President Jacob Zuma of South Africa's ruling African National Congress party said at a gathering of global leaders in Davos, Switzerland, that the United States and Europe had hindered South Africa's attempt to broker a Zimbabwe political solution, and additionally charged that the alleged interference was tinged with racism.
"The US and Europeans tell us what we need to do and tell (Zimbabwean President Robert) Mugabe," Zuma told journalists on the sidelines of the annual gathering of business and political leaders in Davos, a swank Swiss ski resort.
"That undermines our efforts," Zuma continued, adding that the alleged meddling by the U.S. and Europe contained "an element of racism."
But Zimbabwe opposition figures called Zuma's remarks unfortunate and misleading, saying that if blame were to be assigned for the lack of progress or failure of the talks, Mr. Mugabe's ruling ZANU-PF party should be held to account.
Sources in Pretoria said an effort by South African Local Government Minister Sydney Mufamadi, point man for President Thabo Mbeki in mediating the talks, returned from Harare empty-handed after trying to salvage the negotiations with another appeal to President Mugabe to compromise by postponing national elections.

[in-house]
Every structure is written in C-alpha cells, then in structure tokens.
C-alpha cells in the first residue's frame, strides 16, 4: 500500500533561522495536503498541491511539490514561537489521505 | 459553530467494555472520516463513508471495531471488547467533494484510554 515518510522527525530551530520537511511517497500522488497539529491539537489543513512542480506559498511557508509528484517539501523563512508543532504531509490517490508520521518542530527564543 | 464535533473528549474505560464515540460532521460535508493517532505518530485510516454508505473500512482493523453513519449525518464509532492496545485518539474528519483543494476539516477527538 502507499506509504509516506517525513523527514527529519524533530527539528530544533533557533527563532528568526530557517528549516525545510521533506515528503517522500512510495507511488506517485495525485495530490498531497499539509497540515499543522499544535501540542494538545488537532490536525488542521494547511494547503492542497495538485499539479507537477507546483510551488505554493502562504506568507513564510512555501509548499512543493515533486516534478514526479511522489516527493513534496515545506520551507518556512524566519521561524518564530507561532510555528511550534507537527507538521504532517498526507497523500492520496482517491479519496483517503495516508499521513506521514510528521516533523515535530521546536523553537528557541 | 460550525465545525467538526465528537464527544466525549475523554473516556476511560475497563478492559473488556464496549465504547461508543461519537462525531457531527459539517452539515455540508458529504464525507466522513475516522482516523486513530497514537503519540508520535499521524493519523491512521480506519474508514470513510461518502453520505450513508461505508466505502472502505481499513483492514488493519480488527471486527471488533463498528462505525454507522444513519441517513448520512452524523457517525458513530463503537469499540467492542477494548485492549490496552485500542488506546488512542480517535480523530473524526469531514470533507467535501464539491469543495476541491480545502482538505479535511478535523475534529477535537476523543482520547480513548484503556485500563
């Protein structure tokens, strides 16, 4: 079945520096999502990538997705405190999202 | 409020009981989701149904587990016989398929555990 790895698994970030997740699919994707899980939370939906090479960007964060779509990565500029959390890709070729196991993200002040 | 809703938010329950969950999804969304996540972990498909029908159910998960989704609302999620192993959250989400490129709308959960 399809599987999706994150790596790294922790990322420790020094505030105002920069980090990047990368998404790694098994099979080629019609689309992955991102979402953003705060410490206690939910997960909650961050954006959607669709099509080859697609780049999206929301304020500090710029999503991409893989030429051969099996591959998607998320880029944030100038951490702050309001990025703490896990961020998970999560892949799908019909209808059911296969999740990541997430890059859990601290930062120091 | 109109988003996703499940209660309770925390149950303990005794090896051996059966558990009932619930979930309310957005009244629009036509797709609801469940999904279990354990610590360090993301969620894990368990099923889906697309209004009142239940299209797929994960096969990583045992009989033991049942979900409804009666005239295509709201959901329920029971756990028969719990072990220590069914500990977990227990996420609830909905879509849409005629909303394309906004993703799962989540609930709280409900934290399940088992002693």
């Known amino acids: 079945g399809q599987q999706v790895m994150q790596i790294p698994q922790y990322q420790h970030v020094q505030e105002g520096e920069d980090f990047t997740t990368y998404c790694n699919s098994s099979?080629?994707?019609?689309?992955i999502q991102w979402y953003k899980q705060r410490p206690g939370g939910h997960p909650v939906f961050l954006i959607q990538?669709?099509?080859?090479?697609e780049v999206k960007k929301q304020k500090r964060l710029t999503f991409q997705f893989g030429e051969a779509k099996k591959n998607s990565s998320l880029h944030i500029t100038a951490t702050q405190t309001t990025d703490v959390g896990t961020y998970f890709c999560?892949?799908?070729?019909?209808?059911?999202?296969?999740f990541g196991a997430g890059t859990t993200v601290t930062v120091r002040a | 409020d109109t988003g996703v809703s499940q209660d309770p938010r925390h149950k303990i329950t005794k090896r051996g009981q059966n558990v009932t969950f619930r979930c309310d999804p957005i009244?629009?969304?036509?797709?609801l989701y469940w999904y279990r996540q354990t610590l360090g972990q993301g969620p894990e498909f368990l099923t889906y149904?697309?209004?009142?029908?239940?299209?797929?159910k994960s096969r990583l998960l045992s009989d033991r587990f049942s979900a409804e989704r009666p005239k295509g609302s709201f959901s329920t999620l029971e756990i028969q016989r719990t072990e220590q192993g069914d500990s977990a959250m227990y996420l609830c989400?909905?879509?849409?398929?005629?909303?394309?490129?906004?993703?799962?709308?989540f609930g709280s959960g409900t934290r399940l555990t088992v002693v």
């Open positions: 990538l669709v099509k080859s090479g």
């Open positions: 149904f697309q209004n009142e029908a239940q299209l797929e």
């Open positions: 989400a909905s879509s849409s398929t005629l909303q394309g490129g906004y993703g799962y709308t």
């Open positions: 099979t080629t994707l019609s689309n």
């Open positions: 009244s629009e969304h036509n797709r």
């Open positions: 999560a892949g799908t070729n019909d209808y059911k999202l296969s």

Mr. Mugabe announced late this week that they will be held March 29.
National Director Earnest Mudzengi of the National Constitutional Assembly, which opposed concessions by the opposition Movement for Democratic Change in the talks to show its good faith, told reporter Blessing Zulu of VOA's Studio 7 for Zimbabwe that he saw Zuma’s remarks as an attempt to displace blame for the failure of the talks.